In general and in addition, the combination of overgrazing, droughts, human population and choice of land use have been argued to play an important role in the extent of degradation of vegetation and soil conditions (Middleton, 1997; Middleton and Thomas, 1997). The contribution of population in degradation of natural resources is more apparent when the effects of drought incidences and various types of land uses reported in Tables 2 and 3 above are taken into consideration.
Data on fire incidences and intensities in Africa is inadequate to facilitate useful and comprehensive analysis of its contribution to land degradation (FAO 2001). Information on forests, woodlands and grasslands fires is therefore grossly missing yet fire is an important factor in the maintenance of vegetation cover and degradation in drylands. Although areas burnt by fire may sometimes recover after the onset of rains, a combination of fire and drought, which is a common phenomena in drylands of Africa will usually lead to serious degradation of vegetation and eventually to land degradation. Fire incidences, some of them very bad, are common in the entire African continent but more so in the dryland zones. During the 1986-87 dry season, for example 120,000 ha of forest and woodlands (which is 30% of total area of Burkina Faso) was burnt in Burkina Faso and such a disaster causes a heavy loss in terms of plant and animal resources and, induces land degradation.
Degradation of vegetation exposes soil mantle to further degradation. The major soil degradation agents in the African dry zones are wind erosion (52%) followed by water erosion (30%), then by loss of chemical nutrients and salinisation (10%) and physical compaction (8%) (Middleton and Thomas, 1997). Water logging play only a small role in soil degradation of the semi-arid and dry sub-humid zones. Erosion by wind is more prominent in the arid areas but has about the same effect in the semi-arid zone. Water erosion is the more important agent of soil erosion in the dry sub-humid zone. Due to high population of livestock in the semi-arid zone, soil compaction is greatest here than in the other dry zones. Some 480.5 million ha of drylands in Africa are thus exposed to degradation by wind and water erosion in addition to loss of nutrients, physical compaction and to a less extent water logging. Soil erosion will inevitably lead to desertification.
In very few cases are annual rates of land degradation in Africa been reported with certainty. This is mainly because only a few case studies have been followed for sufficient number of years that would allow evening out of the annual variations in records. In most of the cases reported gaps of information have been pointed out and more data and improvement of methodologies have been urged (UNEP, 1992; Middleton and Thomas, 1997; FAO, 2001).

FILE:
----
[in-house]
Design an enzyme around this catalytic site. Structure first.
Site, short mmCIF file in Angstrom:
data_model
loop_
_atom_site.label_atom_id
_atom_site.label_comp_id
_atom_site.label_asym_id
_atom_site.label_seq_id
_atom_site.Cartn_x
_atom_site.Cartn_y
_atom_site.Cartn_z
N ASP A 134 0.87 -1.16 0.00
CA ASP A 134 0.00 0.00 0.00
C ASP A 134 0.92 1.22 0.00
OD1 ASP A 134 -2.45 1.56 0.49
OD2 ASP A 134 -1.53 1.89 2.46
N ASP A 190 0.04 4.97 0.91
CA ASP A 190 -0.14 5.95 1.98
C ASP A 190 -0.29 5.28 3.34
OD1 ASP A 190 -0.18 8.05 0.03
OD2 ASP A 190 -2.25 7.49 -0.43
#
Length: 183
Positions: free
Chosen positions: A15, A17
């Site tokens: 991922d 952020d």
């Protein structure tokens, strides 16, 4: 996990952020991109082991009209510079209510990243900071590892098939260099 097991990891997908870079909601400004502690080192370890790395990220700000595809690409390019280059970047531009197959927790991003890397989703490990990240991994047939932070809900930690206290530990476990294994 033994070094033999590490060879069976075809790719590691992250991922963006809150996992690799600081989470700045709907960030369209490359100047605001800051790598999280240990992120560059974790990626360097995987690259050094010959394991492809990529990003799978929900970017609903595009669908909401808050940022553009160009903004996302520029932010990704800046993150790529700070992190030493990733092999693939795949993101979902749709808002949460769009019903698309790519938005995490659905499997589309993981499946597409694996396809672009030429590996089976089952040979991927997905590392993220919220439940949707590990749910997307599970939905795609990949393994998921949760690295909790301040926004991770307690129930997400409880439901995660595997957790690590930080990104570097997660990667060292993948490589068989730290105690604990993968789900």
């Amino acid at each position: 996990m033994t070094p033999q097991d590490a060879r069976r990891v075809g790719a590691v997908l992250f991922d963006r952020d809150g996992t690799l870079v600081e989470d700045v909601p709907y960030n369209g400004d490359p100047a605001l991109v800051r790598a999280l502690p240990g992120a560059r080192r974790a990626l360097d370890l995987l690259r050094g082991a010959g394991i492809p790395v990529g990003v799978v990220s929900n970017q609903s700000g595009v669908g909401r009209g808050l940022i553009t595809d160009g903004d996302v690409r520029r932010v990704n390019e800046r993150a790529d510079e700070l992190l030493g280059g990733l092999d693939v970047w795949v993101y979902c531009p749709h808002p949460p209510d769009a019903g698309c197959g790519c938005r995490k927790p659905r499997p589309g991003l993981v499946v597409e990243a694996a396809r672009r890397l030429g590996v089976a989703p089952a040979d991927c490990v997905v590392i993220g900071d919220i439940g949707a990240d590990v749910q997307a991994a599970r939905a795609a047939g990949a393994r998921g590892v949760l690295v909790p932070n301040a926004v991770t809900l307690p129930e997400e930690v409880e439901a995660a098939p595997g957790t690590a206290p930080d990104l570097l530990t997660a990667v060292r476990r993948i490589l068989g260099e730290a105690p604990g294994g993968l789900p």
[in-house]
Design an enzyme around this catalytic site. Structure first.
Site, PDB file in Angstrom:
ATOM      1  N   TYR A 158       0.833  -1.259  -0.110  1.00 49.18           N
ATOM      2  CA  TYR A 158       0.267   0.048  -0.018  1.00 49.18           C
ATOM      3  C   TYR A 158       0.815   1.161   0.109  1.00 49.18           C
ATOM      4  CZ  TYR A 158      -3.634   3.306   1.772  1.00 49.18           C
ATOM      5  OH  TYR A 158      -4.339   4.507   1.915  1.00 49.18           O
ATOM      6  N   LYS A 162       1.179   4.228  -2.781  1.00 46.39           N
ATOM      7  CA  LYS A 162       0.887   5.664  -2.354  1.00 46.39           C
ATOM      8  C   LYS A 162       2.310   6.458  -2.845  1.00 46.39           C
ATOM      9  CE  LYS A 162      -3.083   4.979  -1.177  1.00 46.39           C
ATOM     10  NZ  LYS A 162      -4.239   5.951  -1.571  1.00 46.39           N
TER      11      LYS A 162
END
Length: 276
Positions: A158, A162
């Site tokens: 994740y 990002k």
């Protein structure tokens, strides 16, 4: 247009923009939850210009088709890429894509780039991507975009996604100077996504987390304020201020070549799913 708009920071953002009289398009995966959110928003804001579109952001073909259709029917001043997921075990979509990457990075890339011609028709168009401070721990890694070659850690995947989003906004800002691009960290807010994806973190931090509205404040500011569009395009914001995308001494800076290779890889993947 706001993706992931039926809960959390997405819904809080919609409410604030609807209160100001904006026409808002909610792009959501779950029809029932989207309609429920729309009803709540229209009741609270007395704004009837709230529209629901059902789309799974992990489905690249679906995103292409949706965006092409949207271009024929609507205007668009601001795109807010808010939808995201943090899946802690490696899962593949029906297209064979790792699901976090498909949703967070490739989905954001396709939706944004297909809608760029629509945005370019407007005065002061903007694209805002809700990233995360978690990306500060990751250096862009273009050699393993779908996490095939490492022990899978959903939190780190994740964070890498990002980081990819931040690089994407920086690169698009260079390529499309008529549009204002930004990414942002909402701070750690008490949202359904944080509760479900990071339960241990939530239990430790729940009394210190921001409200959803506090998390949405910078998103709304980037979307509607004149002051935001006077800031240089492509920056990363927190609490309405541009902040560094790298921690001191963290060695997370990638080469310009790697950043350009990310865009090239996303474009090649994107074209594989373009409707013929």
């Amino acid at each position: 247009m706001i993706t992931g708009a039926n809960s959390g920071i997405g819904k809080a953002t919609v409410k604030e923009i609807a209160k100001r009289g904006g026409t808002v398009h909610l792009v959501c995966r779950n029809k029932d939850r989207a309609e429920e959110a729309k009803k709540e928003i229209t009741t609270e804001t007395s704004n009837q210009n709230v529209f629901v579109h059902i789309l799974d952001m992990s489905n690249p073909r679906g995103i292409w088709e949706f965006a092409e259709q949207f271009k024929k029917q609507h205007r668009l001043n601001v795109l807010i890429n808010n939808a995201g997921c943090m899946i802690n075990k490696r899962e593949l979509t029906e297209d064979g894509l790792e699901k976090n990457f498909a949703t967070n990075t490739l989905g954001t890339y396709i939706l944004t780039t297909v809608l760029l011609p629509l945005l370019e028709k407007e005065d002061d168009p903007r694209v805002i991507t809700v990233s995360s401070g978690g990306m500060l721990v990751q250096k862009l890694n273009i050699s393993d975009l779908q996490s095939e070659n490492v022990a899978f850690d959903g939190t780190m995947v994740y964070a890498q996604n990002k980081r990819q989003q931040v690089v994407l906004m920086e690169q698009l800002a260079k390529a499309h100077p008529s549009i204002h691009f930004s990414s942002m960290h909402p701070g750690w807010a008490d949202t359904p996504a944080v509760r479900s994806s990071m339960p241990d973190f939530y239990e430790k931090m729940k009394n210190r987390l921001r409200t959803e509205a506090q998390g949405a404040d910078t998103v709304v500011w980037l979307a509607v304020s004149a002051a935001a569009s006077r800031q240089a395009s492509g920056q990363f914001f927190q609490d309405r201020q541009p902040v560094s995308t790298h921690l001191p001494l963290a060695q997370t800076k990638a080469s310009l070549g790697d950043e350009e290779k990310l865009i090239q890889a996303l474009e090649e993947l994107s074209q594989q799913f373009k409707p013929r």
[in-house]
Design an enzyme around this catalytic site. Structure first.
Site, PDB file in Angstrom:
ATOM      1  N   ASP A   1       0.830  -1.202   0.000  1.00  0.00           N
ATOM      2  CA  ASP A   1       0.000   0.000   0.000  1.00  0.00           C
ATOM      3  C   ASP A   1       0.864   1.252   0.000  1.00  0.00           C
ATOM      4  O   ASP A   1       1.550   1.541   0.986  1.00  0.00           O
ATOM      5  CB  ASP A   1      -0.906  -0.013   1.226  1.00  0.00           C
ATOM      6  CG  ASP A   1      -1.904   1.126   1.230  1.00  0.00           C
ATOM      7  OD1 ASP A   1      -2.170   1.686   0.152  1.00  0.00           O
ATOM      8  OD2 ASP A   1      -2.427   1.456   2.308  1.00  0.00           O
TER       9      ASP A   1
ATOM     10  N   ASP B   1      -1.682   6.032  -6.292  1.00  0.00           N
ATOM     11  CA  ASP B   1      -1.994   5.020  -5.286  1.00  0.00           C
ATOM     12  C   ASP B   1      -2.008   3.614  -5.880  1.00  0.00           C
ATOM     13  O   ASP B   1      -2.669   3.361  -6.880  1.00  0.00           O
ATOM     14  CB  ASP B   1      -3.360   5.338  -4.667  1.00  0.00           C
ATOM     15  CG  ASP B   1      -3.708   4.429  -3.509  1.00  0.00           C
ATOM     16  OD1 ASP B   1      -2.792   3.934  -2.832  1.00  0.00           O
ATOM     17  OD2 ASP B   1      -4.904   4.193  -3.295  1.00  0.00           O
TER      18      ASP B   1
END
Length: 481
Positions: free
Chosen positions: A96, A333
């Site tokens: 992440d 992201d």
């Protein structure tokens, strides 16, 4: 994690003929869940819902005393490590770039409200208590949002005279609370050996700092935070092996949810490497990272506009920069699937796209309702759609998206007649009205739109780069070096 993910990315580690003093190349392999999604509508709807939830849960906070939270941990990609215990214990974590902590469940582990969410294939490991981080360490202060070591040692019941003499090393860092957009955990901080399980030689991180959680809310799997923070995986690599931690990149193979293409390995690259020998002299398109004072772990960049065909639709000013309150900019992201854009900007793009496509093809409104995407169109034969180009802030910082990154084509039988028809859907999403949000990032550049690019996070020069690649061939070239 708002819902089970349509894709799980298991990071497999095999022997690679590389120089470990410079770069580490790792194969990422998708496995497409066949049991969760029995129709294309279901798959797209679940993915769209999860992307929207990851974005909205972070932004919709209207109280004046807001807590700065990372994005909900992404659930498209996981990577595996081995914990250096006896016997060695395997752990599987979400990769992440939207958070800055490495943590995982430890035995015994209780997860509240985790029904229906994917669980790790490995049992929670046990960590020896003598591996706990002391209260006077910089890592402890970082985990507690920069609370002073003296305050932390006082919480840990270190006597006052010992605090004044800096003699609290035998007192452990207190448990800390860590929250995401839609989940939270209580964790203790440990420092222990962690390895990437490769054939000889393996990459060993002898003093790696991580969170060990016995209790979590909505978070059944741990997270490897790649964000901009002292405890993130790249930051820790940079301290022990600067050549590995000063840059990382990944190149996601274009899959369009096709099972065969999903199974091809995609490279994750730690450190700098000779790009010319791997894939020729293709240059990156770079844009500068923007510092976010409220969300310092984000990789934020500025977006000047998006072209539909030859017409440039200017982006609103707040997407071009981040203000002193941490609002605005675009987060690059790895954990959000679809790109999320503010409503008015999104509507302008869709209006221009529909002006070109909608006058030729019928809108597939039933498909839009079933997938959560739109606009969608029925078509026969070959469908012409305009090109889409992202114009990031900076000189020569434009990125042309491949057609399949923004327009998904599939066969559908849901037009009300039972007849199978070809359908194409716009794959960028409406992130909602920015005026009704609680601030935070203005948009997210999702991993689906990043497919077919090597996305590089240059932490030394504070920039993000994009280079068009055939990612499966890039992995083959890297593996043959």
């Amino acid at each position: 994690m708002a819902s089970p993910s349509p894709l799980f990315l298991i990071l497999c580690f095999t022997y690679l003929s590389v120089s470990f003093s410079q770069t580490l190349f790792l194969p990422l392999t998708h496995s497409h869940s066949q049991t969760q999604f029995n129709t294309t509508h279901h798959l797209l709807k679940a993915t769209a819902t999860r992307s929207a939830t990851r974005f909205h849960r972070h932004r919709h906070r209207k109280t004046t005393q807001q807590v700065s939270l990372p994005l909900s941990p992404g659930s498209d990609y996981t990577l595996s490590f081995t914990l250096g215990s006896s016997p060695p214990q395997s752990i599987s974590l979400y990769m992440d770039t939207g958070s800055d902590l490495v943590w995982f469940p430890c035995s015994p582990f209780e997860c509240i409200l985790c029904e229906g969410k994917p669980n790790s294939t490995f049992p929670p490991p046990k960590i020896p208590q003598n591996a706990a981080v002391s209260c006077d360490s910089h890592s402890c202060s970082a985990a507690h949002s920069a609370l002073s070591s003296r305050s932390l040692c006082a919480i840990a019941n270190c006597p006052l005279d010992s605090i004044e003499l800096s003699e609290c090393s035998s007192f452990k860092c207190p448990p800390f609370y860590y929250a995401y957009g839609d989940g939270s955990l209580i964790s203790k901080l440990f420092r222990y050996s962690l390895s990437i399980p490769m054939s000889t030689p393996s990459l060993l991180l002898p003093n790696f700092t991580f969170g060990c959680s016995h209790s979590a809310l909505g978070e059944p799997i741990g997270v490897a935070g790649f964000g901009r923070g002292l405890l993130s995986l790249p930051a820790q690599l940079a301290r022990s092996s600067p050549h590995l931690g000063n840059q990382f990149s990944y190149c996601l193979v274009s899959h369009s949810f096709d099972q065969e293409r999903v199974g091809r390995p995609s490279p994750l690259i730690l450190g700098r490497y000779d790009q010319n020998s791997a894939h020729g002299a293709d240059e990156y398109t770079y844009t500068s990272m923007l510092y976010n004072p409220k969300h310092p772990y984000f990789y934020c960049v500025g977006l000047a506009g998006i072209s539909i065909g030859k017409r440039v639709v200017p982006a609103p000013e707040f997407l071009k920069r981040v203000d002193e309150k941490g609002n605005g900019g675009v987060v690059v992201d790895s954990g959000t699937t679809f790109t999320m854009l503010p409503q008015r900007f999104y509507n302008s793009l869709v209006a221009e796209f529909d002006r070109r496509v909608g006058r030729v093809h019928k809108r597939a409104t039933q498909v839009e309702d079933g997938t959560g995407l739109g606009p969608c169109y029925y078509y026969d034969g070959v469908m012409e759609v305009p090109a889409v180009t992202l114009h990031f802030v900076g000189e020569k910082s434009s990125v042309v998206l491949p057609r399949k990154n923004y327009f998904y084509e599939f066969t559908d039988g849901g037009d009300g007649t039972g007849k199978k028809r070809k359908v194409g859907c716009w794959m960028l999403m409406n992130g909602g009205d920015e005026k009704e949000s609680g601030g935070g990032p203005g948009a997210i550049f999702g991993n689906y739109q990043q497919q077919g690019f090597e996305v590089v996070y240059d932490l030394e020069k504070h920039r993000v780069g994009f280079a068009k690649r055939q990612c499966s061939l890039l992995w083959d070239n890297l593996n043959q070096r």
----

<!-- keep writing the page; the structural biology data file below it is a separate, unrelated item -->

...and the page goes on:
As a result of variability of methodologies used and prevailing conditions of natural resources, estimates of rates of degradation are generally very different even in areas close together. Table 4 attempts to summarize reported estimates of desertification/degradation rates for several countries and areas.
|Table 4: Estimates of Annual Degradation/Desertification Rates in Several Countries of Africa|
|Country||Site/Locality||Aridity zone||Rate %||Remarks|
|Two study sites using the same methodology|
|Two study sites using the same methodology|
|Mauritania, Mali, Niger||Sahel||Sahel||0.6||2 million ha was the collective annual rate of degradation for the three Sahel countries between 1961-1987|
|Tunisia||Drylands||Dryland||10||Annual loss of productive land to desert, mainly through grazing|
|Source of data: UNEP 1992; Middleton and Thomas 1997; FAO 2001|
As observed briefly in Table 4, the rates of degradation vary greatly, from 0.03 to 10%. What is more apparent from the results is that the more arid the area the higher the rate of desertification.
In a more general study conducted in 50 countries affected by desertification, in 1989, by UNSO through a questionnaire, half of the countries reported to have experienced significant worsening situations - falling ground water levels, evaporation of surface waters, rangelands degradation, rain fed and irrigated crop deterioration and deforestation. 17% of the countries rated the desertification situation as being slightly worse. A similar study by UNEP in Southern Africa in 1989 concluded that the situation is worsening through out the entire Southern Africa region (UNEP, 1992). In both situations it is more likely that the situation is presently even much worse, one decade later.
The dryland woodlands and forests in Africa are seriously degraded and desertification has intensified more widely and at fast rates. The information synthesized above indicates serious extent of degradation and desertification for the various regions of Africa. It is necessary therefore that focused initiatives be embarked on to mitigate the ever-worsening levels of dry forests and woodlands degradation. Such efforts need to be implemented at regional and local levels and international communities and partners need to be more sensitive to the present situation and come to the support of the African governments and the affected people.
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1 Kenya Forestry Research Institute,
P. O. Box 20412, Nairobi.
e-mail: [email protected]